The Division will now permaban you for a first offense

June 9, 2016 by Kris Ligman

Taking cues from Rainbow Six: Siege and Blizzard's Overwatch, Ubisoft has announced a new zero tolerance policy for cheaters.

Times are not great for The Division -- nor have they ever been, really. From launch, the massively multiplayer shooter has been plagued with problems from bugs to server issues. Exploits and cheating have run rampant, especially on the game's PC edition. Today, Ubisoft has put its collective foot down and announced it will start banning cheaters from their first offense.

...Well, if you're using third party cheating clients, anyway. There's actually no mention of exploit cheating in the announcement, so perhaps Ubisoft feels it already has a lid on that one, rightly or wrongly.

"Cheating has been a source of frustration for our community as some individuals have been gaining an unfair advantage in the game by using third-party software at the expense of our loyal players," the publisher says in a statement on The Division's official site. "Of course, this doesn’t mean that cheating is a thing of the past and we stand ready to react quickly, should new cheats be developed."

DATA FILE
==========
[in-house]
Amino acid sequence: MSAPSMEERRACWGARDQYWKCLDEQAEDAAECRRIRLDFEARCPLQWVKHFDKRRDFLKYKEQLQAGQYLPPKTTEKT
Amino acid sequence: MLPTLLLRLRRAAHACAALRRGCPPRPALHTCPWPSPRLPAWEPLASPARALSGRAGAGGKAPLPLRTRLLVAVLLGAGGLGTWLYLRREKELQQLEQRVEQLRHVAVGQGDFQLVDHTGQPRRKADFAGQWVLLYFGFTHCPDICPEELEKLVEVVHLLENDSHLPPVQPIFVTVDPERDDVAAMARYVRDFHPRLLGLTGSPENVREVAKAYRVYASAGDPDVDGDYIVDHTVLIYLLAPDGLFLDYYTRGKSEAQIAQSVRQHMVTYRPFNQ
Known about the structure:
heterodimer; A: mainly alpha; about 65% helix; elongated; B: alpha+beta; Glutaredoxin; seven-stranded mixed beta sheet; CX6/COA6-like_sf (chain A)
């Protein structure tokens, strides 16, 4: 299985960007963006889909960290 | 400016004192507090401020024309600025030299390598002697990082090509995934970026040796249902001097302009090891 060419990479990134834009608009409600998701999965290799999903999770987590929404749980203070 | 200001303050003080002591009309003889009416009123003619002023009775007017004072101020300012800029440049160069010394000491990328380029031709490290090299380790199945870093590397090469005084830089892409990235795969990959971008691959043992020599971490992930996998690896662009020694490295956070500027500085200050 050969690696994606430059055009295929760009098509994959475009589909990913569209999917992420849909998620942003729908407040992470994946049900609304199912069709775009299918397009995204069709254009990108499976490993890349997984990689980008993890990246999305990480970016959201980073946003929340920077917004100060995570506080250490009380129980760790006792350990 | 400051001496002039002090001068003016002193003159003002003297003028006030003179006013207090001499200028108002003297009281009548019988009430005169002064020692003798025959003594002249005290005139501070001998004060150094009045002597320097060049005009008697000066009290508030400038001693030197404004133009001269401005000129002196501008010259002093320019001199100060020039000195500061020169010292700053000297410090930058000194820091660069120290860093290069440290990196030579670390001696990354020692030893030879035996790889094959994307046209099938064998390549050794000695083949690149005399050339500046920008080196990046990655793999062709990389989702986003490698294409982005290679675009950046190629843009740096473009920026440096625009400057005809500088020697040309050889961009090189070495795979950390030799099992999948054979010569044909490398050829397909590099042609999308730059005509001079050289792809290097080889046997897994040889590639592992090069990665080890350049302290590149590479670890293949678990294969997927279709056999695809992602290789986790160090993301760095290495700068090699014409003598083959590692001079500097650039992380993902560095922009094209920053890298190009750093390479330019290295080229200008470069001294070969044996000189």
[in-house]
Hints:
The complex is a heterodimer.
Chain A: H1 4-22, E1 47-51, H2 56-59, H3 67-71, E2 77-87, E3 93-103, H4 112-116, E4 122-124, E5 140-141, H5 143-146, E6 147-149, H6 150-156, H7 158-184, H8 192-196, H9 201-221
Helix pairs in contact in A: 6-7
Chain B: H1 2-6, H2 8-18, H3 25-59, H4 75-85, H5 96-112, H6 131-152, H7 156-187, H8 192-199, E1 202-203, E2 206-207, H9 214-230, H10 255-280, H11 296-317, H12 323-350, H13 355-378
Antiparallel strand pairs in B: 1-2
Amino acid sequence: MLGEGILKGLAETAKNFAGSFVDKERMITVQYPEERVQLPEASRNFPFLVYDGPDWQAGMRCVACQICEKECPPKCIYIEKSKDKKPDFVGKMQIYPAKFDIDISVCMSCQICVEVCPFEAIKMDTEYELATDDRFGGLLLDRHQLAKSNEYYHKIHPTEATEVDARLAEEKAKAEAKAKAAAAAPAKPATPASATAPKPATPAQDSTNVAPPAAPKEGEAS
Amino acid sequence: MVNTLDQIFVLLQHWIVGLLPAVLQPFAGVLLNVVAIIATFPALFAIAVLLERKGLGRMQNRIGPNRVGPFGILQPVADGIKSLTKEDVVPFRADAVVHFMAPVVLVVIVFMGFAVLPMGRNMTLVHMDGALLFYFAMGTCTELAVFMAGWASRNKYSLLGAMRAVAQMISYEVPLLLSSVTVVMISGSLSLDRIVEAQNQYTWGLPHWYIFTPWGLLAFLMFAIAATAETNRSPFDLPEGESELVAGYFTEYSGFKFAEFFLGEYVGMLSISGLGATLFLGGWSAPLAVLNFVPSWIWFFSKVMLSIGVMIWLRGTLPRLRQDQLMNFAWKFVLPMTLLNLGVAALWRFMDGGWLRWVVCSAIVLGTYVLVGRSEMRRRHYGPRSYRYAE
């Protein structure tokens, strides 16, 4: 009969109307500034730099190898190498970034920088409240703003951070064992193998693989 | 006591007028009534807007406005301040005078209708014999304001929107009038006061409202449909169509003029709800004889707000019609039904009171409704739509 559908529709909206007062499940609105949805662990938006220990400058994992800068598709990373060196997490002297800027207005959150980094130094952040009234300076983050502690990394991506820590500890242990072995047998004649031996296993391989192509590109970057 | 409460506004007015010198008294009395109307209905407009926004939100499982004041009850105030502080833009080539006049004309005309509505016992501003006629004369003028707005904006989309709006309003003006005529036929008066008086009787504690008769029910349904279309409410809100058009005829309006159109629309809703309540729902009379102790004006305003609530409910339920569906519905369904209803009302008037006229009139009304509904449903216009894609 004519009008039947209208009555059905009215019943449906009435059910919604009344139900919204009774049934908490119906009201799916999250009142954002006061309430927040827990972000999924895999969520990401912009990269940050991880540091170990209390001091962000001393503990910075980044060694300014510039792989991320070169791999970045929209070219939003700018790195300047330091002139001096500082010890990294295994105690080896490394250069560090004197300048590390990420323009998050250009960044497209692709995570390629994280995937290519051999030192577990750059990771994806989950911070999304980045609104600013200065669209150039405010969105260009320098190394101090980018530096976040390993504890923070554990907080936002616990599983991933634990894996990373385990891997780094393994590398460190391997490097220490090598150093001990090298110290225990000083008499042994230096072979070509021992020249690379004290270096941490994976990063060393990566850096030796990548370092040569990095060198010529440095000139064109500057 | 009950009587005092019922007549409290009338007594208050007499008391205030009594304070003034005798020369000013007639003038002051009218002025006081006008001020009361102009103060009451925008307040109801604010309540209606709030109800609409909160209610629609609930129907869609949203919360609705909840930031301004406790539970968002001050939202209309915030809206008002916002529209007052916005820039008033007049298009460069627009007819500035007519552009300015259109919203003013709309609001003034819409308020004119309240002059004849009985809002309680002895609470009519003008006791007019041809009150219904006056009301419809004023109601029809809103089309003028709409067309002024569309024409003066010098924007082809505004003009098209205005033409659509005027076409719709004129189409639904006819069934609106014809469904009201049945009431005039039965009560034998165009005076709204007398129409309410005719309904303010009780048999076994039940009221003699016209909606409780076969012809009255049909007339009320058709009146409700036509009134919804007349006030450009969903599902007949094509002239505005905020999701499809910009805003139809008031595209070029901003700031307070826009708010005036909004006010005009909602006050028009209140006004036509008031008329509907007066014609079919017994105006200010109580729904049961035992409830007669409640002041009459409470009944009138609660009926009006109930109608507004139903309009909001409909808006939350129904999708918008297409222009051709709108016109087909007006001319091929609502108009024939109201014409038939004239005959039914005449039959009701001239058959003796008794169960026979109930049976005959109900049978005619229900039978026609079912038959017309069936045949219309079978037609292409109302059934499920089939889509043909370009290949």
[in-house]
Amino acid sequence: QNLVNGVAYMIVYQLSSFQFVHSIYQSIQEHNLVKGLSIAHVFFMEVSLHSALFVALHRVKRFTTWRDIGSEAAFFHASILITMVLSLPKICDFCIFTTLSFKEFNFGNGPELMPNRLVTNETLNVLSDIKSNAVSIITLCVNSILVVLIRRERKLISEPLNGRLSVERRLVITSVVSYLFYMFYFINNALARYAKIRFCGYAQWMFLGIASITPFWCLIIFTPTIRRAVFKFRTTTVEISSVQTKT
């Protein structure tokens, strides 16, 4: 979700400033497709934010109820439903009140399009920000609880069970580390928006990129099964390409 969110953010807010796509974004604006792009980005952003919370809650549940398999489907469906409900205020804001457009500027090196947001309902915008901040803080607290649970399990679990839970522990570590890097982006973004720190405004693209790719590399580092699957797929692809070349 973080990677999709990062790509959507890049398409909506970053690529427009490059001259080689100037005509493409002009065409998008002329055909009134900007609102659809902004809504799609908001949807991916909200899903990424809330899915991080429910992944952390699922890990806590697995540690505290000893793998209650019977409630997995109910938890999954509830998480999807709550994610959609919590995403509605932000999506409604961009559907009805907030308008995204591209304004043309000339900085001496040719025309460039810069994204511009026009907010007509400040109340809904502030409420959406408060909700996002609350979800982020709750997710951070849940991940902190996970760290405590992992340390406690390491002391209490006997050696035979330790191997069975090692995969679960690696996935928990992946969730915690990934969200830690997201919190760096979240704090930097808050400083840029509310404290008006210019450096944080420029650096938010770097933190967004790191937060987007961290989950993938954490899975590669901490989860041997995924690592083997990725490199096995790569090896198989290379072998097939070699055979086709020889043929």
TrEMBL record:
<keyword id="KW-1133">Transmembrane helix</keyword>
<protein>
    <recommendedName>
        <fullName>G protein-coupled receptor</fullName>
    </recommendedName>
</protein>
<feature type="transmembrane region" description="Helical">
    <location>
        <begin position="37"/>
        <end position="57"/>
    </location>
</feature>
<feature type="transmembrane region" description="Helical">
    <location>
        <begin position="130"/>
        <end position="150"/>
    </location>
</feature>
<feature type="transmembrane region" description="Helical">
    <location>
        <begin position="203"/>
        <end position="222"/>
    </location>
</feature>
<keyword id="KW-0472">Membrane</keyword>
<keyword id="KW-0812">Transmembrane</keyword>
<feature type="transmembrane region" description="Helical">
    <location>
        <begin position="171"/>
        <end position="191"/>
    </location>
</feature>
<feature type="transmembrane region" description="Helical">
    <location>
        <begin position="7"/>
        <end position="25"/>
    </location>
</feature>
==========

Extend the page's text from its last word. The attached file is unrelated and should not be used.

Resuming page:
Ubisoft indicates it had already dolled out over 30,000 account moderations -- including 3,800 permanent bans -- in the past month as a result of its improved server checks, which it will continue to refine to keep up with cheaters. After seeing the state of the problem and how dramatically bans improved its game, Ubisoft says it has elected to forego its previous policy of handing down two-week suspensions for a first offense and bumped its punishment straight up to a permaban.

So, now if you happen to buy a copy of The Division, and make the mistake of installing and running a cheating client the same day of your purchase, it might just end up being the fastest $50 you've ever lost. (Give or take, depending on the retailer.) Ubisoft is hoping this will seriously deter cheaters going forward.

Another Ubisoft game -- Rainbow Six: Siege -- enacted a similar policy recently, and both appear to take cues from Blizzard's recent zero-tolerance policy for its team-based shooter Overwatch.

The question is: once you've subtracted the cheaters and all the players lost from months of griefing, patch problems, and server snafus, how many people are even left playing The Division at this point?

(h/t Polygon.)